Then the question becomes relevant: Is the art of immersion versus storytelling dead in attractions? I say no. While Tower of Terror establishes that the hotel is cursed/haunted/a gateway to another dimension, there is no real conclusion to the attraction's tale. The five guests are still trapped in the Twilight Zone, you're free to go home, and the hotel is still a wreck, unlike Pinocchio's Daring Journey, where the conclusion is very different from its commencement.

    Immersion is still alive and well, but Immagineers can't tell if enthusiasts such as us can really tell the difference and appreciate it.

  12. #12

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    Re: "Story" vs "Immersion and Imagination" - What works best for you?

    Weird, I've been meaning to get around to start a thread similar to this.

    I'm disturbed with the growing "story" trend in Imagineering that began with Tony Baxter's Big Thunder Mountain Railroad in the 70s and pushed even harder by Eisner in the 80s. Because of "story," Imagineeering has mostly abandoned the ways of WED's immensely popular "experience rides."

    I was recently reading through Jason Surrell's new book, The Disney Mountains: Imagineering at its Peak and it details how Tony Baxter's Big Thunder Mountain Railroad was the beginning of present-day story-based Imagineering.

    Tony Baxter is perhaps single-handedly responsible for the demise of attractions like The Haunted Mansion, Pirates of the Caribbean, The Matterhorn Bobsleds, or the Disneyland Railroad that don't rely on story to carry the attraction. These attractions rely heavily on the experience they offer, and not on a story being told to guests.

    I think that some of Imagineering's recent story-based projects are surely exceptional hits. The Twilight Zone Tower of Terror is great. Indiana Jones Adventure benefits greatly from the story it offers. And Star Tours benefits from its story as well, even if thematically it is somewhat questionable.

    Yet, sometimes WED-style "experience rides" are better fits. Surely, the Finding Nemo Submarine Voyage could have been a bigger success if it didn't try to impose a story upon itself and its riders. And is the supposed "Space Station 77" storyline for Space Mountain entirely necessary? And the addition of a story to Pirates has changed the attraction forever.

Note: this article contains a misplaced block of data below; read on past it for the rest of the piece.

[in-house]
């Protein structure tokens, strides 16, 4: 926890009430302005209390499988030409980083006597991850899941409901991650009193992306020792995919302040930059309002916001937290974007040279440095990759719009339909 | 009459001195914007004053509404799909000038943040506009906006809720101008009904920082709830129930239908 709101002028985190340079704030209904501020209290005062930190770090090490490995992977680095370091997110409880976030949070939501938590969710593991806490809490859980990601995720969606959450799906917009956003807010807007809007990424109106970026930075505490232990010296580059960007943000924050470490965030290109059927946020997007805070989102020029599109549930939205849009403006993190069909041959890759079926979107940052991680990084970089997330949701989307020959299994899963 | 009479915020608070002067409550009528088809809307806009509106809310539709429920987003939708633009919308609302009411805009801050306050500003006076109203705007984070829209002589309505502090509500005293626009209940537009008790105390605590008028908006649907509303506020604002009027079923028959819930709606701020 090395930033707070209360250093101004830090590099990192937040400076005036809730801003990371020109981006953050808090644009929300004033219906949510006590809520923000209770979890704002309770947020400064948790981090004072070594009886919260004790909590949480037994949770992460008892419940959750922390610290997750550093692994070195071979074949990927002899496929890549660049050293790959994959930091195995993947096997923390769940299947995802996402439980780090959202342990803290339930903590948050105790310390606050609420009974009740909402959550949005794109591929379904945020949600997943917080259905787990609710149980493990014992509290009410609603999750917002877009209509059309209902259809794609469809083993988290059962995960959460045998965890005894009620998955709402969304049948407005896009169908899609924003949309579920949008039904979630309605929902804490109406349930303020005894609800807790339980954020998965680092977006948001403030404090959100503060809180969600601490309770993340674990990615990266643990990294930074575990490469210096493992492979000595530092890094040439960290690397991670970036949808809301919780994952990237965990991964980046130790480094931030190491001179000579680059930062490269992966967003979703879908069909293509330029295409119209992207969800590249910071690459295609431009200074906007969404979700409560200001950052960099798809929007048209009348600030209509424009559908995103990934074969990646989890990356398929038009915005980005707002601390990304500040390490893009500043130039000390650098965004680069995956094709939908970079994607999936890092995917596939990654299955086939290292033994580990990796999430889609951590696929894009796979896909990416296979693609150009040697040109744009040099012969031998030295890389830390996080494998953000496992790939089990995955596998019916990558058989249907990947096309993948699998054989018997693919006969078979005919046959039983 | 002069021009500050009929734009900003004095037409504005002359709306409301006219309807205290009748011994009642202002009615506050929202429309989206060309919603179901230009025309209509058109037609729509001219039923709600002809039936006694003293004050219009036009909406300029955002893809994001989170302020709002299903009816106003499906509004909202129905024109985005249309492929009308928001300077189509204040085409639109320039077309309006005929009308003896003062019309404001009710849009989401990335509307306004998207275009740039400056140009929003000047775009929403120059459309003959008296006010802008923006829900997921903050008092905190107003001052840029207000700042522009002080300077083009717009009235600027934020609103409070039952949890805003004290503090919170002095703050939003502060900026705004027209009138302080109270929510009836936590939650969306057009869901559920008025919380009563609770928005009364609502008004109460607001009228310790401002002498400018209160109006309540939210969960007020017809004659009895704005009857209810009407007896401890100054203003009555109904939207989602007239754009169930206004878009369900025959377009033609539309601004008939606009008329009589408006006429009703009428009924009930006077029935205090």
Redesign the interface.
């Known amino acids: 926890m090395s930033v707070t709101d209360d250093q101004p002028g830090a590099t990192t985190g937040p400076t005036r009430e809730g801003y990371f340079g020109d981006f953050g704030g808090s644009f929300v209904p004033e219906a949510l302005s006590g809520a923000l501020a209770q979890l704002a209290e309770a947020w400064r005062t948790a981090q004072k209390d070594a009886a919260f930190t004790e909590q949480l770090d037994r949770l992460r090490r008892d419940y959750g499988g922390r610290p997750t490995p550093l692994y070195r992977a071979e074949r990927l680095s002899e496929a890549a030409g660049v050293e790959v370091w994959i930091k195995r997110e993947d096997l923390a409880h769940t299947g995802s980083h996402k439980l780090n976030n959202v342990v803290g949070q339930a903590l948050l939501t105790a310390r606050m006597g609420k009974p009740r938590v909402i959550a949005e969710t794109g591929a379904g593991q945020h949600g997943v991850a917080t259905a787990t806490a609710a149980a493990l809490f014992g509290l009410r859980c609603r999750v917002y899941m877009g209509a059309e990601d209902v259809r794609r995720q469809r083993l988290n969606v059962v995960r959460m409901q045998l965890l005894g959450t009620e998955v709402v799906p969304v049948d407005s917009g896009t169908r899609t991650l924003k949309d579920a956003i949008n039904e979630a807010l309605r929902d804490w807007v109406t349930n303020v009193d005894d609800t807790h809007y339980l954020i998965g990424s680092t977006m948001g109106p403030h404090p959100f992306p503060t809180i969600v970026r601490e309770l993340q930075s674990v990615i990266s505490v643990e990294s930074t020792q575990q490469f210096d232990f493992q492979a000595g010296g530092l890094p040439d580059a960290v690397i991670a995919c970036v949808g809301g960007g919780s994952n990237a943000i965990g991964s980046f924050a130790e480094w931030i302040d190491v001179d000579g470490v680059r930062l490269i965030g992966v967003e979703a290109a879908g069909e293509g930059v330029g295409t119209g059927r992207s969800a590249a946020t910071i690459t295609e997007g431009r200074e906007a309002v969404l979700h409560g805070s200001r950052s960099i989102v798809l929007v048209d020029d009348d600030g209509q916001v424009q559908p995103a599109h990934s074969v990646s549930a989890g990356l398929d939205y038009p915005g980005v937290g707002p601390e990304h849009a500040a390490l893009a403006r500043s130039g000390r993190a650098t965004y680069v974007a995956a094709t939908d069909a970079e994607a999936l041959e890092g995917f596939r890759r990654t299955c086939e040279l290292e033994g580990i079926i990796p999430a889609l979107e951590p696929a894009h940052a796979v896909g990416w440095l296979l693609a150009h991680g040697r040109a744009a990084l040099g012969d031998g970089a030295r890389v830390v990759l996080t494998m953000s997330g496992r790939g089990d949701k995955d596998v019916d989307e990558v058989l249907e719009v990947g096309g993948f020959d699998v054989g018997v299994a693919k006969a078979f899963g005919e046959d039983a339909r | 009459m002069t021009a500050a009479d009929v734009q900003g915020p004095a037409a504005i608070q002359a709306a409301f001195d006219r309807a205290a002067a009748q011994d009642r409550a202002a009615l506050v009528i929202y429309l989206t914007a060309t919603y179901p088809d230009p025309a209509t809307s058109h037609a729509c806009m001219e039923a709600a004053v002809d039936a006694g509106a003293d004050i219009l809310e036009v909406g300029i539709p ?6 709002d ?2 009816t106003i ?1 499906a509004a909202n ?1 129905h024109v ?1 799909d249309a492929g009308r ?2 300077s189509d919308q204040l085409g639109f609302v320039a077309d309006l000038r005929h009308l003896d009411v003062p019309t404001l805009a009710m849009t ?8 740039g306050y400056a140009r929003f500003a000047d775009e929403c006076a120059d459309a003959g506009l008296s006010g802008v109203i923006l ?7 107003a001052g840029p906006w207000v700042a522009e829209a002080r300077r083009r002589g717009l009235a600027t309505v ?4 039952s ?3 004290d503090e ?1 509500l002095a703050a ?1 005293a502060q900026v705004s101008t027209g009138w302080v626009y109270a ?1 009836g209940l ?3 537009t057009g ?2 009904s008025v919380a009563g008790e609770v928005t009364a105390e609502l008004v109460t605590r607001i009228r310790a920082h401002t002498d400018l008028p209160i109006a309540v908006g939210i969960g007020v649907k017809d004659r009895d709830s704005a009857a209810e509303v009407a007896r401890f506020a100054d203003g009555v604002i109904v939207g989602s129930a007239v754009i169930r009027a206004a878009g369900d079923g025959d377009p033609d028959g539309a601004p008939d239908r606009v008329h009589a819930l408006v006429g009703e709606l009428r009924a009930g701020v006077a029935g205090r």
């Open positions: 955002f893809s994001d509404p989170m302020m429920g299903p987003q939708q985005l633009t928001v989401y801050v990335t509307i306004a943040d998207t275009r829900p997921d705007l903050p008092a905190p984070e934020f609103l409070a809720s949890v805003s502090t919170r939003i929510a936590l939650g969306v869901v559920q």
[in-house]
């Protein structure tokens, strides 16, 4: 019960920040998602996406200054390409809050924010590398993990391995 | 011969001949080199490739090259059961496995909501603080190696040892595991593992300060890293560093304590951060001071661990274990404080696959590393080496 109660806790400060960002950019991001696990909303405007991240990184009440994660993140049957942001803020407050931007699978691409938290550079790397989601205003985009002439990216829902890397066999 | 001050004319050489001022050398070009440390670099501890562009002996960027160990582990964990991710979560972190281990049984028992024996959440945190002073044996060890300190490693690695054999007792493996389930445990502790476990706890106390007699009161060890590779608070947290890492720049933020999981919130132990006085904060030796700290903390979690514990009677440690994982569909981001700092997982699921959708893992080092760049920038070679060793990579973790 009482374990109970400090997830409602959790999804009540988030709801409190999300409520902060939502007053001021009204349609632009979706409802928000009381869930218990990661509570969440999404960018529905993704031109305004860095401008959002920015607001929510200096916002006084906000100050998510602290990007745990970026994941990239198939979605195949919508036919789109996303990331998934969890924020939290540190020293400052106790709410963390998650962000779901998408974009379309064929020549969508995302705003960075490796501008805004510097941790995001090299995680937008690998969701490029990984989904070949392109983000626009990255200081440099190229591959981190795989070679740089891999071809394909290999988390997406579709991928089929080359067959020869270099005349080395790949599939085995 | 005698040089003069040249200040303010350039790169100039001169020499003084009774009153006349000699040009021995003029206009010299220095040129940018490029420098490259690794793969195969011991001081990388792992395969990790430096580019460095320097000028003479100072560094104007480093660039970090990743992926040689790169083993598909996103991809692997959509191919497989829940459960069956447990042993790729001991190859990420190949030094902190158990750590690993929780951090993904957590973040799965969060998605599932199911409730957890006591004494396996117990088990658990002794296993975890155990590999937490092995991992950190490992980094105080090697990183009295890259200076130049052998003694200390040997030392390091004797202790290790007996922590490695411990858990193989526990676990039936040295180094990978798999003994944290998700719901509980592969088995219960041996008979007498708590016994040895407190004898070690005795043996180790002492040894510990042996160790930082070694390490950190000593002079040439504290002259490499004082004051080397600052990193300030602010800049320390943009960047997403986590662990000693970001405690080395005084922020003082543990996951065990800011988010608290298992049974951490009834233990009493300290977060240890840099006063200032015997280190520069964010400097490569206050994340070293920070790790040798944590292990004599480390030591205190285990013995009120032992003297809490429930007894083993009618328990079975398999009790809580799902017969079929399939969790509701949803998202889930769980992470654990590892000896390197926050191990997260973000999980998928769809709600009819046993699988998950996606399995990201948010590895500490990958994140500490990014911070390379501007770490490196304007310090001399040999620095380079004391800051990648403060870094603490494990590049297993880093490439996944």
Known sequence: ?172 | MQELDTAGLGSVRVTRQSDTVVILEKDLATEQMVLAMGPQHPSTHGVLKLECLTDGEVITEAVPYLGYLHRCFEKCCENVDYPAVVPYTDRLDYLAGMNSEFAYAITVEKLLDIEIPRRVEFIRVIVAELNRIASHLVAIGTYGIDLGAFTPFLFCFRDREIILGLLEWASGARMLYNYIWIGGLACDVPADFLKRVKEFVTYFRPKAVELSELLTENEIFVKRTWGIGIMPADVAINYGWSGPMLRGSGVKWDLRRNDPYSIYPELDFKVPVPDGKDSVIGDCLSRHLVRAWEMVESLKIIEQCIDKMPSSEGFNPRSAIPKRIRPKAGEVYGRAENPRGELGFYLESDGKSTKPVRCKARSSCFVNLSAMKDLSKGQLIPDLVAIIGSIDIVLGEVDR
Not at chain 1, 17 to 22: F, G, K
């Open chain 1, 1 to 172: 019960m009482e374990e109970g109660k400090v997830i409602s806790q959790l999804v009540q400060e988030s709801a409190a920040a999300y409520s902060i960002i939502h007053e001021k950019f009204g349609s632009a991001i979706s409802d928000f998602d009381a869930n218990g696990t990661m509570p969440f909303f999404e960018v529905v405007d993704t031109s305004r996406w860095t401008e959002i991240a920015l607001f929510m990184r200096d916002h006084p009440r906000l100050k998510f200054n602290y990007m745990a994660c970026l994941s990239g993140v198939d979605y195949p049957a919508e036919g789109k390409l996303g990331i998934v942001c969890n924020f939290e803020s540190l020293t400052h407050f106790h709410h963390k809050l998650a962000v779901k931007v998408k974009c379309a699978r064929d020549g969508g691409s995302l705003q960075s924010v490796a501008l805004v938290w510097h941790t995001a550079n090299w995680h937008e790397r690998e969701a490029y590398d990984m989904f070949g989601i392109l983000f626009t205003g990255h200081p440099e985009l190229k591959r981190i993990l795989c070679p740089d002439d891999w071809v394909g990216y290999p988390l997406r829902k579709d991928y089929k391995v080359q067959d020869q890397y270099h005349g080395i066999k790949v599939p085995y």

What I find disturbing about all of this is the revisionist history that present-day Imagineers are feeding to the public. With every new attraction, Tony Baxter or some other Imagineer tells us that every attraction has a rich story for guests to experience and that it is life-long tradition for Disney to do this. It's simply untrue. Tony created this tradition, and in some cases its worked beautifully... but in others not so much.

    It's important for Imagineering to revisit a little Marc Davis quote from 1969, otherwise, we run the risk of being fed more and more stories that simply are unnecessary or poorly concieved:

    "We don't have a story, with a beginning, an end, or a plot. It's more of a series of experiences building up to a climax. I call them experience rides."
    - Marc Davis

    Some really good further reading on this can be found at the Re-Imagineering Blog:
    The Myth of Story (November 25, 2006)
    One of Our Dinosaurs Is Missing! (April 30, 2007)
    Last edited by MasterGracey; 09-26-2007 at 01:39 PM.

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  13. #13

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    Re: "Story" vs "Immersion and Imagination" - What works best for you?

    Quote Originally Posted by Steve DeGaetano View Post
    The stories used to be implied--the guest filled in the missing parts.

    Now they're overt--you get the story the imagineers want you to get.

    I prefer the former.


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  14. #14

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    Re: "Story" vs "Immersion and Imagination" - What works best for you?

    I dislike the story part of Nemo. We've seen the movie, we know the story, and I think it would have been immensely better as an experience ride, not a story ride.

    Splash works as a story ride. Pirates- better as an experience, not the story. Haunted Mansion- could go either way; the bride really only comes into play in the attic, so it's some of each kind of ride.


    In general I prefer experience rides. I can make up my own stories, and I really really dislike the spoonfeeding that seems to be increasing in society over the last few years. Kids can't just play and make up their own stories- they're given stories; movies hand-feed us the plot; where did our imagination go?
    I pledge allegiance to the Earth, one planet, many gods, and to the universe in which she spins.

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    Re: "Story" vs "Immersion and Imagination" - What works best for you?

    Quote Originally Posted by alphabassetgrrl View Post
    In general I prefer experience rides. I can make up my own stories, and I really really dislike the spoonfeeding that seems to be increasing in society over the last few years. Kids can't just play and make up their own stories- they're given stories; movies hand-feed us the plot; where did our imagination go?
    I totally agree with this one. My son is an only child and so making up stuff comes naturally for him. He can entertain himself a lot easier than other kids can. It is so funny. We will be in line for Space Mountain, and he'll have his hand cupped on his face, saying things like, "Check the rocket launchers... The laser hatches are shut...." all by himself. When I ask him what he was doing, he tells me, "Playing Space Mountain."

    Ask Tikiroomliz -- she got to witness my son turn into a pirate on the Columbia!

    But unfortunately for a lot of kids imaginative play just isn't what it used to be. And too bad Disney seems to be catering to this rather than teaching kids just how to imagine...